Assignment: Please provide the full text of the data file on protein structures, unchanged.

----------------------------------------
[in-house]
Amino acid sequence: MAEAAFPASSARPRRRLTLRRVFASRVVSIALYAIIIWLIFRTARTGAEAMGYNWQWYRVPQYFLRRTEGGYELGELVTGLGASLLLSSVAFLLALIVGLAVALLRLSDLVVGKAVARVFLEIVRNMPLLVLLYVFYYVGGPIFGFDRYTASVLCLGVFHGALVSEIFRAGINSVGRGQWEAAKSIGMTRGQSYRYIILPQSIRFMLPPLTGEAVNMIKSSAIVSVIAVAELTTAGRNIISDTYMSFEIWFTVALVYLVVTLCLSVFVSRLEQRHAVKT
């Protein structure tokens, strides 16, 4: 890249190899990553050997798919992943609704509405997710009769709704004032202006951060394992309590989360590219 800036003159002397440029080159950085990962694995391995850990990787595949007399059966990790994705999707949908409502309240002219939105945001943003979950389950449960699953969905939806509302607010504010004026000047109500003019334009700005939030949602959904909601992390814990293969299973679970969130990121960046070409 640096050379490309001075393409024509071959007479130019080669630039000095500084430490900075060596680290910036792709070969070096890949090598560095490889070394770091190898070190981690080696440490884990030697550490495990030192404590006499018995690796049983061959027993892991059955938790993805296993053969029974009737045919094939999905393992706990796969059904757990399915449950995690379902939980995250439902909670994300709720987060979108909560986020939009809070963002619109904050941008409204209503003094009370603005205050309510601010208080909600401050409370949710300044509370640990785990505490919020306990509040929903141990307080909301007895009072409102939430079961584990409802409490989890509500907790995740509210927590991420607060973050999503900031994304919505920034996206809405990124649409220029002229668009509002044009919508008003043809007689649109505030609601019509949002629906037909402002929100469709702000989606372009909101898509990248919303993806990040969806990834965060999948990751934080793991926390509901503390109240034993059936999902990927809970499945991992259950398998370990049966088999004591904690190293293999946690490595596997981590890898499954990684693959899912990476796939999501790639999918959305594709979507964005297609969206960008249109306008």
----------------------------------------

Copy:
[in-house]
Amino acid sequence: MAEAAFPASSARPRRRLTLRRVFASRVVSIALYAIIIWLIFRTARTGAEAMGYNWQWYRVPQYFLRRTEGGYELGELVTGLGASLLLSSVAFLLALIVGLAVALLRLSDLVVGKAVARVFLEIVRNMPLLVLLYVFYYVGGPIFGFDRYTASVLCLGVFHGALVSEIFRAGINSVGRGQWEAAKSIGMTRGQSYRYIILPQSIRFMLPPLTGEAVNMIKSSAIVSVIAVAELTTAGRNIISDTYMSFEIWFTVALVYLVVTLCLSVFVSRLEQRHAVKT
């Protein structure tokens, strides 16, 4: 890249190899990553050997798919992943609704509405997710009769709704004032202006951060394992309590989360590219 800036003159002397440029080159950085990962694995391995850990990787595949007399059966990790994705999707949908409502309240002219939105945001943003979950389950449960699953969905939806509302607010504010004026000047109500003019334009700005939030949602959904909601992390814990293969299973679970969130990121960046070409 640096050379490309001075393409024509071959007479130019080669630039000095500084430490900075060596680290910036792709070969070096890949090598560095490889070394770091190898070190981690080696440490884990030697550490495990030192404590006499018995690796049983061959027993892991059955938790993805296993053969029974009737045919094939999905393992706990796969059904757990399915449950995690379902939980995250439902909670994300709720987060979108909560986020939009809070963002619109904050941008409204209503003094009370603005205050309510601010208080909600401050409370949710300044509370640990785990505490919020306990509040929903141990307080909301007895009072409102939430079961584990409802409490989890509500907790995740509210927590991420607060973050999503900031994304919505920034996206809405990124649409220029002229668009509002044009919508008003043809007689649109505030609601019509949002629906037909402002929100469709702000989606372009909101898509990248919303993806990040969806990834965060999948990751934080793991926390509901503390109240034993059936999902990927809970499945991992259950398998370990049966088999004591904690190293293999946690490595596997981590890898499954990684693959899912990476796939999501790639999918959305594709979507964005297609969206960008249109306008």